Paintings and Process--Thirty Years Apart

Larry Poons at Jacobson Howard: Festinniog, 1975, acrylic on canvas, 78 x 69.5 inches

If you read this blog regularly, you know that while geometry is a recurring theme, I'm just as interested in material and process. It is those two latter issues we'll consider in this post via a couple of New York shows--one still up, the other now closed--both with references to nature.

Larry Poons at Jacobson Howard Gallery through March 1

"Throw, Pour, Drip, Spill and Splash" offers a fine selection of Poons’s paintings from the Seventies and Eighties. True to the title of the show, these are paintings at their most process intensive. Layers of paint in frozen rivulets and and richly encrusted surfaces still resonate with the energy of their making, an effect heightened by their large size in relation to the two small rooms of the Upper East Side gallery in which they’re shown.

There was nothing in the gallery information that made reference to landscape, yet the paintings themselves recall all manner of nature and of the payssage: mossy earth, flowered fields, waterfalls. Perhaps I'm reading them too literally, but I see what I see. lllglg

Tantrum 2, 1979, acrylic on canvas, 65 x 165 inches

Detail below

Carolanna Parlato at Elizabeth Harris Gallery, through Feb. 2

Downtown, in "Nature Games," a show that closed on February 2, Carolanna Parlato showed work in the same vein. While her m.o. would seem to cover the same territory as Poons, her process is much more controlled; the enamel-like paint flowed and dripped but only, it seems, until she said, "Stop." The paintings are worked in saturated, uninflected colors, yet the topographical quality of the pentimenti and the substantiveness of the drips show you just how much dimension "flat" can have. (Both painters work in acrylic, by the way.)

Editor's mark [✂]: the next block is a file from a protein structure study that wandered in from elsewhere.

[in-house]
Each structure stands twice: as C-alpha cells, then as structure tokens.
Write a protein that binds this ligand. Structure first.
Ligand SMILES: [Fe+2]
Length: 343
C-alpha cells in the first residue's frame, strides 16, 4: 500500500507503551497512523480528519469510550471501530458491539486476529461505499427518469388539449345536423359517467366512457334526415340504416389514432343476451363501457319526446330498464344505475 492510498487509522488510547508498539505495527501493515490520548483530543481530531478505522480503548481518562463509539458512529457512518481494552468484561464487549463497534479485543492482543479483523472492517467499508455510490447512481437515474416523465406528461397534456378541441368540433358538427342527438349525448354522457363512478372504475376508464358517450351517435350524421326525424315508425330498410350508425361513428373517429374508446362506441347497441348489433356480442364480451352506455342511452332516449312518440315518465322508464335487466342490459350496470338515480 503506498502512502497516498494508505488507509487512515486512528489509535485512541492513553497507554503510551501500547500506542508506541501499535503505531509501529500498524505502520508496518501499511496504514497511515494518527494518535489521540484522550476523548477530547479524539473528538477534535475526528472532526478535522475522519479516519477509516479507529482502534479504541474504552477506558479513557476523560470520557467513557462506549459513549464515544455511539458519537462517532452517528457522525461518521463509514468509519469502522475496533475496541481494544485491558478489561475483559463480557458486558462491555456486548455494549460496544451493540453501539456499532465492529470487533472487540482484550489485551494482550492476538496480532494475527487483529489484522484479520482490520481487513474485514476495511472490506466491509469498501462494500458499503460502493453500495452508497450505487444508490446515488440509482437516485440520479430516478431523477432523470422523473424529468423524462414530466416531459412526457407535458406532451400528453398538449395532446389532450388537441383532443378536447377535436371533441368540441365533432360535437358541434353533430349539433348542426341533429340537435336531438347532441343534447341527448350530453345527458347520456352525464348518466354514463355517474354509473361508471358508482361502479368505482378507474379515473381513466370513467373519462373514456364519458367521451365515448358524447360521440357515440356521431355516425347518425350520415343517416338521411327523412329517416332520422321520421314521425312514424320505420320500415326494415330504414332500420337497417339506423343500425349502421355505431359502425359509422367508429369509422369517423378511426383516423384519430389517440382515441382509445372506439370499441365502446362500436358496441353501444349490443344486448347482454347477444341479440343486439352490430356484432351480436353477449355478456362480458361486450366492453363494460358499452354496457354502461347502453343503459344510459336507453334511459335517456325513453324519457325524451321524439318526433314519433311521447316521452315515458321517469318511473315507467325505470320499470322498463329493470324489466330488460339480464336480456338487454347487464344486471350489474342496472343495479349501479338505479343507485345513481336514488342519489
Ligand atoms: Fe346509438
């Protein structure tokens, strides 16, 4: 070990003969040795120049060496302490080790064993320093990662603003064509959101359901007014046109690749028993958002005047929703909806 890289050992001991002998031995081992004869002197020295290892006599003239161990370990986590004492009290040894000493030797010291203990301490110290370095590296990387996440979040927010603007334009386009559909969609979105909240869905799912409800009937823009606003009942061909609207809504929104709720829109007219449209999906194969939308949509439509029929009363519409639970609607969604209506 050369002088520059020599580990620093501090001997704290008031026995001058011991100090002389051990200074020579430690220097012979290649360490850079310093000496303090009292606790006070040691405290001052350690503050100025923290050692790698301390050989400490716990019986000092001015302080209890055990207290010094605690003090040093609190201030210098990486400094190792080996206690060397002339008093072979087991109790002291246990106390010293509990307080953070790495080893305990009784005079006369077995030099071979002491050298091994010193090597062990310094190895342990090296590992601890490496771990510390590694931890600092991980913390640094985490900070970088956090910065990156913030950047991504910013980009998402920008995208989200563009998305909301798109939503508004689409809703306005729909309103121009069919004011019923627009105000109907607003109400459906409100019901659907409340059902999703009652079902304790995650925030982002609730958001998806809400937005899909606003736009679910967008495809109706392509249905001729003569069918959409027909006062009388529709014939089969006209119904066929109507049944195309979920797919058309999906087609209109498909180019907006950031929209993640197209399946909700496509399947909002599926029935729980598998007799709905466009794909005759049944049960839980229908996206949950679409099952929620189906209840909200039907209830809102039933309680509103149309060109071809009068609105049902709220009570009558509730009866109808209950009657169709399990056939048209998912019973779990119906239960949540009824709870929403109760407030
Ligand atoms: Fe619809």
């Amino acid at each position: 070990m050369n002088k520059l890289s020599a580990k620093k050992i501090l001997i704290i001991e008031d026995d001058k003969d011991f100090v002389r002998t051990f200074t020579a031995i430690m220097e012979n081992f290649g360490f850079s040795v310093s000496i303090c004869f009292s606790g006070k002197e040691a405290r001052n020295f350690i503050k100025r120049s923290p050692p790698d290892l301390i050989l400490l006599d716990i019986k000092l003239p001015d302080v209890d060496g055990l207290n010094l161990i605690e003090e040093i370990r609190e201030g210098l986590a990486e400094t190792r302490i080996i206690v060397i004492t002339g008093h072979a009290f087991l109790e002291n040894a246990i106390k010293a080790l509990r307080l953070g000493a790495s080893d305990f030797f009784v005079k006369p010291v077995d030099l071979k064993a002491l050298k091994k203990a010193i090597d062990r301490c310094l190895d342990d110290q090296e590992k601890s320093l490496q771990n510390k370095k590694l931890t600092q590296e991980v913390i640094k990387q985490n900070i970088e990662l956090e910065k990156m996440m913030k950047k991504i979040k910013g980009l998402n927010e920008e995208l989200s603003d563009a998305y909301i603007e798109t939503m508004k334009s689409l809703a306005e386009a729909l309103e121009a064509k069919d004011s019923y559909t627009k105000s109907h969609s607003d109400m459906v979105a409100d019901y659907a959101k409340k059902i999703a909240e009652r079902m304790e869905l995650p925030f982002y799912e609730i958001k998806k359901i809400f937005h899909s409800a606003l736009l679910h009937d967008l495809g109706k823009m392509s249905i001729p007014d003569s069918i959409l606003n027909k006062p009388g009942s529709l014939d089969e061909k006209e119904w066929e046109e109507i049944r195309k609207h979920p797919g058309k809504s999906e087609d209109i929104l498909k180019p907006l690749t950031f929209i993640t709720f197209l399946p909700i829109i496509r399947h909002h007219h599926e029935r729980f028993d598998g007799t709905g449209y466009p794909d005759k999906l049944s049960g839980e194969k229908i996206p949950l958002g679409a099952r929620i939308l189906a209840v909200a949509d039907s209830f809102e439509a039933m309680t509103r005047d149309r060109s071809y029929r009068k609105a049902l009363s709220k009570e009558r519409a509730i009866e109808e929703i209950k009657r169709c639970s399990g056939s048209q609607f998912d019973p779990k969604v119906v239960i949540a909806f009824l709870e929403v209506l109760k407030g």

Parlato makes a direct reference to landscape in her statement, but I see her elements more as land mass. It's the process here that engages me, and the pleasure of materiality that is just under--and essential to--that glossy surface.

Installation view: Carolanna Parlato at the Elizabeth Harris Gallery, "Nature Games"

Below: The Kiss, 2007, acrylic on canvas, 72 x 80 inches; image from the gallery website

What Goes Up, 2007, acrylic on canvas, 36 x 36 inches; image from the gallery website
Detail below:
The edge gives you some sense of the push/pull Parlato has managed so well
I’m not one to ascribe gender to painting, but I feel comfortable saying that the Poons paintings are genuinely beautiful—in part because of the lovely pink and lavender-tinted palette—while Parlato’s are muscular and handsome. Either show would have been satisfying to me on its own, but seeing them in the same period was more than doubly rewarding as the experience challenged ideas of time (they were painted almost 30 years apart), landscape , gender and materiality.


Andrea and Kim said...

These are really very, very beautiful! I am a great fan of this style and find the quite appealing.

You have a wonderful blog here. I look forward to returning to explore often.

Eva / Sycamore Street Press said...

love parlato's colors and shapes. it's great getting to see ny exhibitions through your site.

anne mcgovern said...

30 years apart and equally fascinating!